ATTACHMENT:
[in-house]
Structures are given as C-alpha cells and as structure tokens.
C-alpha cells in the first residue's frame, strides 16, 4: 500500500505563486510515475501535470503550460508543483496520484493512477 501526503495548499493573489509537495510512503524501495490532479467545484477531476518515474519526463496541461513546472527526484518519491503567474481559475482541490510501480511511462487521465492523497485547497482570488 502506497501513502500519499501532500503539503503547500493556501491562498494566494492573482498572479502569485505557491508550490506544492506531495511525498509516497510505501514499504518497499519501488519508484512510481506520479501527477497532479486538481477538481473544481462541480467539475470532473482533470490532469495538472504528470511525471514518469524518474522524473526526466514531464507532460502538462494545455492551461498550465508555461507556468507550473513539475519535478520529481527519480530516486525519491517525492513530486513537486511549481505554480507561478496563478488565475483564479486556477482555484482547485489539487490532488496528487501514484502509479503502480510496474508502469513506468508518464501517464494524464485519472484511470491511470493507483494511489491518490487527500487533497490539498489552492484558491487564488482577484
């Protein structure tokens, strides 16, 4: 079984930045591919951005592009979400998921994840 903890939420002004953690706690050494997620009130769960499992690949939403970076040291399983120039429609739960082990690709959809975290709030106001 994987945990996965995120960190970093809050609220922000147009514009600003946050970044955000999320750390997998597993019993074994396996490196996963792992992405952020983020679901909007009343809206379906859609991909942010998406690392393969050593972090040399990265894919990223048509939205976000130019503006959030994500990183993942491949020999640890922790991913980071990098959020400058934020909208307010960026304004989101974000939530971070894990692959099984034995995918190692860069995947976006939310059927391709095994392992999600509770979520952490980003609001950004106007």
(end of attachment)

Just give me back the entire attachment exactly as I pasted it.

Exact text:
[in-house]
Structures are given as C-alpha cells and as structure tokens.
C-alpha cells in the first residue's frame, strides 16, 4: 500500500505563486510515475501535470503550460508543483496520484493512477 501526503495548499493573489509537495510512503524501495490532479467545484477531476518515474519526463496541461513546472527526484518519491503567474481559475482541490510501480511511462487521465492523497485547497482570488 502506497501513502500519499501532500503539503503547500493556501491562498494566494492573482498572479502569485505557491508550490506544492506531495511525498509516497510505501514499504518497499519501488519508484512510481506520479501527477497532479486538481477538481473544481462541480467539475470532473482533470490532469495538472504528470511525471514518469524518474522524473526526466514531464507532460502538462494545455492551461498550465508555461507556468507550473513539475519535478520529481527519480530516486525519491517525492513530486513537486511549481505554480507561478496563478488565475483564479486556477482555484482547485489539487490532488496528487501514484502509479503502480510496474508502469513506468508518464501517464494524464485519472484511470491511470493507483494511489491518490487527500487533497490539498489552492484558491487564488482577484
């Protein structure tokens, strides 16, 4: 079984930045591919951005592009979400998921994840 903890939420002004953690706690050494997620009130769960499992690949939403970076040291399983120039429609739960082990690709959809975290709030106001 994987945990996965995120960190970093809050609220922000147009514009600003946050970044955000999320750390997998597993019993074994396996490196996963792992992405952020983020679901909007009343809206379906859609991909942010998406690392393969050593972090040399990265894919990223048509939205976000130019503006959030994500990183993942491949020999640890922790991913980071990098959020400058934020909208307010960026304004989101974000939530971070894990692959099984034995995918190692860069995947976006939310059927391709095994392992999600509770979520952490980003609001950004106007």